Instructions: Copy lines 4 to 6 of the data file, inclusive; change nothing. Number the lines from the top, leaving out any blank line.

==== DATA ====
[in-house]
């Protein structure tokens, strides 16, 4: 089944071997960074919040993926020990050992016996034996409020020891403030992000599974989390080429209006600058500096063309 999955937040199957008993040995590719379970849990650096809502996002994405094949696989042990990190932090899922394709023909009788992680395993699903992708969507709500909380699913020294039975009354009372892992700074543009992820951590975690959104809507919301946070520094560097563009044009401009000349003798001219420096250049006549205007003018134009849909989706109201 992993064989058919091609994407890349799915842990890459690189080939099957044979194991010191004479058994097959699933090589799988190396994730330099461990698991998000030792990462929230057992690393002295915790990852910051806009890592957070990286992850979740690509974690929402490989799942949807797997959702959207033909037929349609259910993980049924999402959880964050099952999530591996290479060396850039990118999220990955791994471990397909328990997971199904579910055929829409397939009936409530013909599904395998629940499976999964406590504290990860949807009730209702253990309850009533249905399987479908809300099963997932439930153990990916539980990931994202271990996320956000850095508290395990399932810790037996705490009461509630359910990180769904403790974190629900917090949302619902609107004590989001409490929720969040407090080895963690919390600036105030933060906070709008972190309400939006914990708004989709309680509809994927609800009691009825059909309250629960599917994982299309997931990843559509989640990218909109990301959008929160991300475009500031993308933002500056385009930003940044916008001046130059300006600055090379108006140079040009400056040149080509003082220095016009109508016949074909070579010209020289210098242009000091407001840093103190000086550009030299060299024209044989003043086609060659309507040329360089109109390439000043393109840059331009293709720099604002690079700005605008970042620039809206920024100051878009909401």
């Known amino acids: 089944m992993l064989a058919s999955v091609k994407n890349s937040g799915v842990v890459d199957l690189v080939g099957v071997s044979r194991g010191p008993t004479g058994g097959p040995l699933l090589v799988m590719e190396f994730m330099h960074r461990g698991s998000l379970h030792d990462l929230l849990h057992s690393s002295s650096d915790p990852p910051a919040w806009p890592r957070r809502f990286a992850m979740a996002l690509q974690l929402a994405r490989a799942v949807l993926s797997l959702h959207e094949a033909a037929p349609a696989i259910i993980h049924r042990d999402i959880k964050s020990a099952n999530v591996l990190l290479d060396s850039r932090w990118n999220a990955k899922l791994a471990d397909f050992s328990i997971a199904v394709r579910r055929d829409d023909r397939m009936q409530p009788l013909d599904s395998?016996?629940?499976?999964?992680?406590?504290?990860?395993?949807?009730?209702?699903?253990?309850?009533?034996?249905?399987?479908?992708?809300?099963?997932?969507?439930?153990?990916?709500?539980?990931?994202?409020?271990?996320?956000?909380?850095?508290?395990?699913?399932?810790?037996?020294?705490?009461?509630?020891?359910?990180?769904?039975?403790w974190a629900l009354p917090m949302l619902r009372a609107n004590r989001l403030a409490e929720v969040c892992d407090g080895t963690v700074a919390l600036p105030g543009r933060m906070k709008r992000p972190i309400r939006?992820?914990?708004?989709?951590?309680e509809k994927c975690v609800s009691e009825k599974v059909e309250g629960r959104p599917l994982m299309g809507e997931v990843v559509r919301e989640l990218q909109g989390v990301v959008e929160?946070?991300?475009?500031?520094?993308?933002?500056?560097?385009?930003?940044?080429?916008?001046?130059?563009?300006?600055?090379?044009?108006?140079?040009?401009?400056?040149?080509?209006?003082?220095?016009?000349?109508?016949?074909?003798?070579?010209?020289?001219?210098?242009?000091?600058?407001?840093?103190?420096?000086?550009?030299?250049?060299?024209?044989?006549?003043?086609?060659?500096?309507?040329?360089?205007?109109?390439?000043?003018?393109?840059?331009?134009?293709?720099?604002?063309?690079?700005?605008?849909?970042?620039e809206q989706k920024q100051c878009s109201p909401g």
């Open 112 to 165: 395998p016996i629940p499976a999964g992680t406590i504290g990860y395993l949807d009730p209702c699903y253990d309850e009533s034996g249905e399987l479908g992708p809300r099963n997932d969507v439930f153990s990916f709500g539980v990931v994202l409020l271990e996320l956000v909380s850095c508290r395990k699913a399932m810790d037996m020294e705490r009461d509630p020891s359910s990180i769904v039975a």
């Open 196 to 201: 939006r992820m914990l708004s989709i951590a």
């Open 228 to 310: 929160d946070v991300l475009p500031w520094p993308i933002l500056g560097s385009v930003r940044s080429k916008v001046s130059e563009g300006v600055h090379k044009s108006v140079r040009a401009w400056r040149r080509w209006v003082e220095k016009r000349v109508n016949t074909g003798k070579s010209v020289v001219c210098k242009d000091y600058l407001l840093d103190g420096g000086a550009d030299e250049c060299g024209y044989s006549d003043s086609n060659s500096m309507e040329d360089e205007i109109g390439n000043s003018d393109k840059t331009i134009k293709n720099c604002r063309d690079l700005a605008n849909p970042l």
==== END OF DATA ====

């Open 112 to 165: 395998p016996i629940p499976a999964g992680t406590i504290g990860y395993l949807d009730p209702c699903y253990d309850e009533s034996g249905e399987l479908g992708p809300r099963n997932d969507v439930f153990s990916f709500g539980v990931v994202l409020l271990e996320l956000v909380s850095c508290r395990k699913a399932m810790d037996m020294e705490r009461d509630p020891s359910s990180i769904v039975a």
């Open 196 to 201: 939006r992820m914990l708004s989709i951590a």
């Open 228 to 310: 929160d946070v991300l475009p500031w520094p993308i933002l500056g560097s385009v930003r940044s080429k916008v001046s130059e563009g300006v600055h090379k044009s108006v140079r040009a401009w400056r040149r080509w209006v003082e220095k016009r000349v109508n016949t074909g003798k070579s010209v020289v001219c210098k242009d000091y600058l407001l840093d103190g420096g000086a550009d030299e250049c060299g024209y044989s006549d003043s086609n060659s500096m309507e040329d360089e205007i109109g390439n000043s003018d393109k840059t331009i134009k293709n720099c604002r063309d690079l700005a605008n849909p970042l």